To make your electronic projects even more interesting, this week we will teach you the magic of Analog signals and the serial port. In the end of this week you will know that there is actually nothing magic about these technologies themselves, what’s magic is what you create with it. Among other projects this week you will find a cookie guarding monster, a music playing pencil and a knocking skeleton in a coffin.
As you have learned previously, digital signals only have two opposite states: 1 or 0. For example, if you push a button, its state changes from one to the other; a LED is either on or off.
Just as you can read analog signals, you can also send analog values. Arduino uses Pulse Width Modulation (or PWM) pins to send out analog values. Check out the digital pins with a tilde symbol (~) next to them.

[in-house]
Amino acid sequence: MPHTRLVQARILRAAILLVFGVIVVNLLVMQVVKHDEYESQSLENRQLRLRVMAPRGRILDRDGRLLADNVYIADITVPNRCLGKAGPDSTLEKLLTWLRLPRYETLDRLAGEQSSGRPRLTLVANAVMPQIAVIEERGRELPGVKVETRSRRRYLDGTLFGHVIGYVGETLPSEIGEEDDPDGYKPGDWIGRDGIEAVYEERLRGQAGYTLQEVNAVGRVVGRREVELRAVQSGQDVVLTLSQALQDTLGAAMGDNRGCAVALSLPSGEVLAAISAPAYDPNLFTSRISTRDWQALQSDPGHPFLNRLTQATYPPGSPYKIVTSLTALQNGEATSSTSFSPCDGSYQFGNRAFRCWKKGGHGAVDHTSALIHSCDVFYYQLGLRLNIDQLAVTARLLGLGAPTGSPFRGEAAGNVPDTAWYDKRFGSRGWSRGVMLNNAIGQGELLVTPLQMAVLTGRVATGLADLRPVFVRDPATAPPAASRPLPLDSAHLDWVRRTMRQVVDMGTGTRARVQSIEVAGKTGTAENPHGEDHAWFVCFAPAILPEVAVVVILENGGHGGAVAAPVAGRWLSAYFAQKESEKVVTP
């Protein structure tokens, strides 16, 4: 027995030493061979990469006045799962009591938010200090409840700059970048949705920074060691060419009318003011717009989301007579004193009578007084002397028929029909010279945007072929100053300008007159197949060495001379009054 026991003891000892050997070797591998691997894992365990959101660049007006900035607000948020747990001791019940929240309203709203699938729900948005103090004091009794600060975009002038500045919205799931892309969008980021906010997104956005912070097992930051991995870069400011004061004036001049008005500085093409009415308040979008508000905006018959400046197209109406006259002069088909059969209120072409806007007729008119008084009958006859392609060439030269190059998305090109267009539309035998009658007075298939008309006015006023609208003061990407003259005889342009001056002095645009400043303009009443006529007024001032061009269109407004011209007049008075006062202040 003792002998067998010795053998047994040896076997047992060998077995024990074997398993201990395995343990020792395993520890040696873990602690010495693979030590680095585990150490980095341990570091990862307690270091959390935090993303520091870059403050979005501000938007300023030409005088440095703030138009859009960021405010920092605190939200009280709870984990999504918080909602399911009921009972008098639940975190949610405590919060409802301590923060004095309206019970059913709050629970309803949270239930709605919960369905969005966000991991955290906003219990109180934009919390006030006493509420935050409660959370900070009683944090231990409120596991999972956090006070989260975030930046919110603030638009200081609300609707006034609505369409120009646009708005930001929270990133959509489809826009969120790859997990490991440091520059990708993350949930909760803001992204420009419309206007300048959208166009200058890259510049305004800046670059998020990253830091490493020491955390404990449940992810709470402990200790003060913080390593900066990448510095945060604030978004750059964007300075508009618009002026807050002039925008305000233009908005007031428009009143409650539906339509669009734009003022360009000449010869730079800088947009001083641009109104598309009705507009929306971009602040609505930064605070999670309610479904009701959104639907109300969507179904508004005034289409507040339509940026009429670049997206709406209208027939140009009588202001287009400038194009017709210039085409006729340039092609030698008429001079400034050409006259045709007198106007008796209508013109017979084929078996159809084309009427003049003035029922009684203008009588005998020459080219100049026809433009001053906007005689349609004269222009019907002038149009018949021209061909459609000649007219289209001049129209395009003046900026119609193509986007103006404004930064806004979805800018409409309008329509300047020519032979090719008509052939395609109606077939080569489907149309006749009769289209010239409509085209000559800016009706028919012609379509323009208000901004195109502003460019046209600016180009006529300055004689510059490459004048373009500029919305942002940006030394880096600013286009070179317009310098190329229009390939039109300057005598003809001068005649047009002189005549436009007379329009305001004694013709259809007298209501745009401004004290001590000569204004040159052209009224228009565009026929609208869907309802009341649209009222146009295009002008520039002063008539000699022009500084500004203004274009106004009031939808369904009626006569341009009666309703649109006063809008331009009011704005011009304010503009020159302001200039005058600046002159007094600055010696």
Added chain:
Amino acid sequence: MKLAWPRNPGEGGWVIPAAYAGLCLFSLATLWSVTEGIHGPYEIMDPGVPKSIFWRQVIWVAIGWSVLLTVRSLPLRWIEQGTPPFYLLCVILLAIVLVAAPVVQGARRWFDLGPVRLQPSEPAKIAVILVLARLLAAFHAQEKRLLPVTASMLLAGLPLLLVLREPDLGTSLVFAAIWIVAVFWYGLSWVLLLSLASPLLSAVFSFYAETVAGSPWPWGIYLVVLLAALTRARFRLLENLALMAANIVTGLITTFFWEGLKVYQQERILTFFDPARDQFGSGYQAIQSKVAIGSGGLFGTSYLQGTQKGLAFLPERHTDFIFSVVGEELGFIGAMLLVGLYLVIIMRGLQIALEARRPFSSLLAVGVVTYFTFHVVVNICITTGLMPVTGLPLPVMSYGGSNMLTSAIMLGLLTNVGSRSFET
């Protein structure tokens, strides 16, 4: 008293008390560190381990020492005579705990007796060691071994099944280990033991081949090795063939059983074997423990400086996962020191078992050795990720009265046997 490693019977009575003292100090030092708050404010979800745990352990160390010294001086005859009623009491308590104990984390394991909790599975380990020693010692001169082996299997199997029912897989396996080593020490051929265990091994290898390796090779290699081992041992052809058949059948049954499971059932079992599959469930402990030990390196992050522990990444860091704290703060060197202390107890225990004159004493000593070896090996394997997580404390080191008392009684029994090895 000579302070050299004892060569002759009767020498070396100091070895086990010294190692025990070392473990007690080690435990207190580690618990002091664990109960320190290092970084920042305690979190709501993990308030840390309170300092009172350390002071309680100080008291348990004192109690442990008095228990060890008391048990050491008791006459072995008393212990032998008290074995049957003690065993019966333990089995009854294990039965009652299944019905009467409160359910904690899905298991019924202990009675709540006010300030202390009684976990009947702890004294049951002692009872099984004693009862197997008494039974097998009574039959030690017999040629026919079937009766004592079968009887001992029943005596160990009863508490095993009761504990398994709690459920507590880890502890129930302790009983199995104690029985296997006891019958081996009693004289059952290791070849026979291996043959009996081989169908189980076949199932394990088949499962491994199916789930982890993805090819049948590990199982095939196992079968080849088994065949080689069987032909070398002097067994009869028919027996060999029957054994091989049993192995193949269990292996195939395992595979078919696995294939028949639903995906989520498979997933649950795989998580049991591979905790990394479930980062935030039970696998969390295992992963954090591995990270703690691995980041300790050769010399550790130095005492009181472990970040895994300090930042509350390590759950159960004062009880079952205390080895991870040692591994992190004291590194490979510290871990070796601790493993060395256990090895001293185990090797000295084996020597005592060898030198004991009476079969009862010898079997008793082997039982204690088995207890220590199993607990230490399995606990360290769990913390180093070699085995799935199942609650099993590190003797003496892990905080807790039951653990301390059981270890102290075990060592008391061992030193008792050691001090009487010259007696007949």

Now we’re going to learn about a special analog sensor. The Light Dependent Resistor (LDR) is a sensor that detects the amount of light present. Depending on the amount of light shining on it, the sensor will return a specific analog value. You can do something really interesting things with it; make a lamp that turns on automatically when the room gets dark or a robot that follows flashlight. So, let’s get started with the basics.
Arduino boards connect to your computer using a USB cable. The way the boards “talk” to the computer is through something called a serial port. Serial ports can be used to exchange fairly complicated data with the computer. Instead of the digital or analog signals we discussed previously, you can send or receive text (
You can use
Serial.read() to get data from the Arduino serial port.